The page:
The one dish that needed just a minor tweak was the Seafood Linguine. With a good amount of mussels, clams, prawns, scallops and salmon bathed in a white wine cream sauce, shaved Parmesan and fresh basil, all of the components were there to make a good dish. This was especially true with the al dente linguine too. What was wrong then? There was no flavour in the sauce. Sure, it is supposed to be subtle, but it was far too subtle. Lastly, we had the Preston's Poutine which boasted Quebec Cheese Curds and Rickard's Red Gravy. Again, there were some good components at play here. The gravy was nice - not too salty, yet flavourful at the same time. The cheese curds were not necessary the type I like, but there was plenty of it and it wasn't offensive. The fries were the weak link though. Too generic for my tastes. If they were more "fresh cut-like", then we'd have a winner. If you have been noticing a trend here, you are right. The food has potential here, considering the decent components. However, we felt a few tweaks were needed to put the food over the top. With that being said, the food wasn't bad. Combined with attentive service and a fancy decor, Preston's is safe place to visit if one wasn't in the adventurous mood.

The Good:
- Nice decor
- Pretty good service
- Okay lunch pricing considering everything

The Bad:
- Although there are some really good components, the final product needs some tweaking
- Dinner pricing gets up there, you can eat practically anywhere

Prestons on Urbanspoon

The Famous Warehouse

"Gangster shot at the Sheraton Wall Centre" was the headline in the newspaper. Oh that's just great. One day later, we were supposed to attend a conference there. Well, I guess after that, it would probably be the safest hotel out there due to the attention it received. I knew one thing was for sure: we weren't going to eat at the hotel restaurant! Despite this, I heard the food is to die for... Sorry, bad joke. Where we did end up eating lunch, which was The Famous Warehouse,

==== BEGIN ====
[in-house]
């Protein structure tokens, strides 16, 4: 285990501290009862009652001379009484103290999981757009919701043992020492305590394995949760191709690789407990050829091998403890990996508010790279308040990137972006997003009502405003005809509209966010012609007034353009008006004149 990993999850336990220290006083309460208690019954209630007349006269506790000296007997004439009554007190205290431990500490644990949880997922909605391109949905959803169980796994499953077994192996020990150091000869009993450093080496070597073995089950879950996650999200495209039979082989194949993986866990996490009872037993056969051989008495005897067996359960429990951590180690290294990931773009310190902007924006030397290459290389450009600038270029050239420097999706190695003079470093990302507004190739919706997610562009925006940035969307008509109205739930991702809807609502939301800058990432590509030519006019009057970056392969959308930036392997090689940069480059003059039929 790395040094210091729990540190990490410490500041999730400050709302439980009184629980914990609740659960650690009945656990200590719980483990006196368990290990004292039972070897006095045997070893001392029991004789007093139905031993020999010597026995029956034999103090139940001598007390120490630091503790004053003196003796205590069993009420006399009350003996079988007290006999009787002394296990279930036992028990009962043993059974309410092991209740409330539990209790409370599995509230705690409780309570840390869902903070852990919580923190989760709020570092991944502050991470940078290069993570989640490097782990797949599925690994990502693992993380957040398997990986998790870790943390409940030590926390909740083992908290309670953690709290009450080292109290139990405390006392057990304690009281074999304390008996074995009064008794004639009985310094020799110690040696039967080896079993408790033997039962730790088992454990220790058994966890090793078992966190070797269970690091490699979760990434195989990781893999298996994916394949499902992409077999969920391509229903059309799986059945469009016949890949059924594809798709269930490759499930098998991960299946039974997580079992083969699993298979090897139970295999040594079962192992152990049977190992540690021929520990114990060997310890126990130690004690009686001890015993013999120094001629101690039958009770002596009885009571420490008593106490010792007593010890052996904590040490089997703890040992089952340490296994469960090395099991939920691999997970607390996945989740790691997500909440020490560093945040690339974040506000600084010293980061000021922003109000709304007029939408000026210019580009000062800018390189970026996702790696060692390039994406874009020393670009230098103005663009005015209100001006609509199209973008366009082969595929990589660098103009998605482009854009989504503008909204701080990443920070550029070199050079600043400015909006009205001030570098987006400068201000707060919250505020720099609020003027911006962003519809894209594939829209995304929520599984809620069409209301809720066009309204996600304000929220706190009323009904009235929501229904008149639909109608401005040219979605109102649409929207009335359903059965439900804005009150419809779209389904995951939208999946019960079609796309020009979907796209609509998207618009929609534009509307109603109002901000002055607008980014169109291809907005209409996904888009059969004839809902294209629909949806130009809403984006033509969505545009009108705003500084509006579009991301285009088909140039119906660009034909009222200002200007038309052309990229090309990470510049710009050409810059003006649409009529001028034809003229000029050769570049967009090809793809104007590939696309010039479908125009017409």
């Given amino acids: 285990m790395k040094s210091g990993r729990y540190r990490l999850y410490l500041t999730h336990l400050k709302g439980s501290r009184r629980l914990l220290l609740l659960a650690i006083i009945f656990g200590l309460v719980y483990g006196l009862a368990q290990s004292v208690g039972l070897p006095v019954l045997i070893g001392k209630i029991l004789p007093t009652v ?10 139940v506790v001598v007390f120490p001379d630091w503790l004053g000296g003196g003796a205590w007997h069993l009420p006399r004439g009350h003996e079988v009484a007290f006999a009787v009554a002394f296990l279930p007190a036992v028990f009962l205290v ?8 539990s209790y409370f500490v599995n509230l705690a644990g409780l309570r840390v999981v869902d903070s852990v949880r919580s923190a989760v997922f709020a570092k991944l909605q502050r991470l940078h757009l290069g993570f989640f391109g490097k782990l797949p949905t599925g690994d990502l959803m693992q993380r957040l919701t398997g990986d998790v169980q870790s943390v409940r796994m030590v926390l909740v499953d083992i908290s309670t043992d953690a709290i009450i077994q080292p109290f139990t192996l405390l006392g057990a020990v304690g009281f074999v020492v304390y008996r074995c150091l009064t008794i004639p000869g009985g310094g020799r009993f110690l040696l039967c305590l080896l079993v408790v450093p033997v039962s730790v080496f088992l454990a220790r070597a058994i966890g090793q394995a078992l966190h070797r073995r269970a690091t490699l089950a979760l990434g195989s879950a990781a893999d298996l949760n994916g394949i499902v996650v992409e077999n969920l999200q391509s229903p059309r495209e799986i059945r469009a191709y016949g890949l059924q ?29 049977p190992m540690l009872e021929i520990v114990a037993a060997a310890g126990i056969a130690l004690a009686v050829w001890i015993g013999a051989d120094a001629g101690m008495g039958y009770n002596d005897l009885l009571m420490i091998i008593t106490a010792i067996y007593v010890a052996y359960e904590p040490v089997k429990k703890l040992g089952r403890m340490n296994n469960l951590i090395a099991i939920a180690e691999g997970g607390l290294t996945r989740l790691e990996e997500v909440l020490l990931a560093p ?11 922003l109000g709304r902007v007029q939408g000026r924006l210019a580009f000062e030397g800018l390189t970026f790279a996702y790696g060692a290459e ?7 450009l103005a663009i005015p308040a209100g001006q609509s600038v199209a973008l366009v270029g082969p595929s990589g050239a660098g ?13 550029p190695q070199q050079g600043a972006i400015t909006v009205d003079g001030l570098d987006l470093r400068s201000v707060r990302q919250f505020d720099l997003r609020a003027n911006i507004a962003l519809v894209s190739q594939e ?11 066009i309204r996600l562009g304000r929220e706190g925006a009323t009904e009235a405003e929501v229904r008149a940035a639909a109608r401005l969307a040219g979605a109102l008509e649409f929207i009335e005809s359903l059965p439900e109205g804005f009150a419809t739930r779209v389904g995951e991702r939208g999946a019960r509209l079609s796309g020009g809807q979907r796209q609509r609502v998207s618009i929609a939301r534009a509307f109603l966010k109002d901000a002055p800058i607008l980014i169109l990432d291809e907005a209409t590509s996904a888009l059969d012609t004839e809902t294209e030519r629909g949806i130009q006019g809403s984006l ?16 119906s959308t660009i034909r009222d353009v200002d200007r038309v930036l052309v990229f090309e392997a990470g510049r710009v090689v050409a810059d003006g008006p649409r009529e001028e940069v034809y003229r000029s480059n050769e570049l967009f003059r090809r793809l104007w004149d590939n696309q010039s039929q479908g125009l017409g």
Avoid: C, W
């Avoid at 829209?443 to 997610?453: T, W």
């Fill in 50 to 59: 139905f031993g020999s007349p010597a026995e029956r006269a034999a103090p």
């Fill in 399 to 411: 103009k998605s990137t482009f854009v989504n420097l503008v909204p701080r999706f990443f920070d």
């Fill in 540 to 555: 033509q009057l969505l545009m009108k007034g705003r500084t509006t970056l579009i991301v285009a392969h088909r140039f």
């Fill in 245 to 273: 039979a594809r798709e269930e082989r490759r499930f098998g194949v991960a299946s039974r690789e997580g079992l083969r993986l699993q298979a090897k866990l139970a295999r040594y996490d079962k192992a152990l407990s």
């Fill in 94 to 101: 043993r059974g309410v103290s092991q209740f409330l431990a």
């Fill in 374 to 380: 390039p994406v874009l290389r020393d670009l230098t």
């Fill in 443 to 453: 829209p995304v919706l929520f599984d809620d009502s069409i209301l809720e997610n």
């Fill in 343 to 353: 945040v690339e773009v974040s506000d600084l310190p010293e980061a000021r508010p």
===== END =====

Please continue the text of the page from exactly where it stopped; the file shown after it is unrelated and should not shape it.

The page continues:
should've been a crime within itself. Everything on the menu is only $4.95. Seems like an unreal steal of a deal eh? Makes you think of the Ikea commercial where the lady thinks she got something cheaper than it really was. "Start the car!"

The most popular item it seems is their burgers, so there was no choice to what I would order despite 2 other burgers at the table (apparently they weren't going to share!). I chose the Mushroom Jack Burger consisting of premium Alberta beef, tomato, lettuce, pickle, sauteed mushrooms, gravy, macho sauce and Monterey jack on a brioche bun. Considering the price, this was a decent burger. I found the beef rather juicy for being cooked all-the-way-through. It was nicely seasoned as well. I liked how they didn't skimp on the ingredients despite the low cost. Hence, it was a solid burger that had good textures and flavours. Only thing I would've liked was a more moist bun. Seeing how everyone was already having their peppered fries, I substituted mine for the Warehouse Poutine. Unfortunately, mine was a little bit cold by the time it arrived. For a non-traditional poutine (see the cheese), it was okay. The gravy had enough flavour while the fries were a touch limp. I think if they omitted the pepper, the poutine would've been better since that is all I could taste.

Ma had the Mama T's Crunchy Mac 'n Cheese (is that ironic?). Boy this was a large portion for the price (notice the trend?). Arriving with 2 large pieces of focaccia, this was a concoction of cheddar, mozzarella, alfredo, cornflakes, thyme and a Parmesan crust. This was decently cheesy with a nice contrast of textures. Once again, not bad for $4.95! Another item at the table was the Crispy Chicken Caesar Wrap. This was stuffed with fried chicken strips, crisp romaine, maple bacon, Parmesan cheese within a red tortilla. Although a wrap is hardly something to rave about, it was indeed solid. The chicken was moist and crispy at the same time while there was just enough dressing. Didn't hurt that there was crispy bacon either. All of us were pretty satisfied with our meals and that was not taking into account of the cost either. Of course when you start adding extras and ordering booze, the price starts to climb. Yet, if you stay conservative, eating at the Famous Warehouse could cost you about the same as going to McD's.

The Good:
- Cheap (everything is $4.95)
- Food is more than acceptable (even when not looking at the prices)
- The service we got was good

The Bad:
- If you start adding extras or like to booze it up, it is no longer that cheap

The Famous Warehouse on Urbanspoon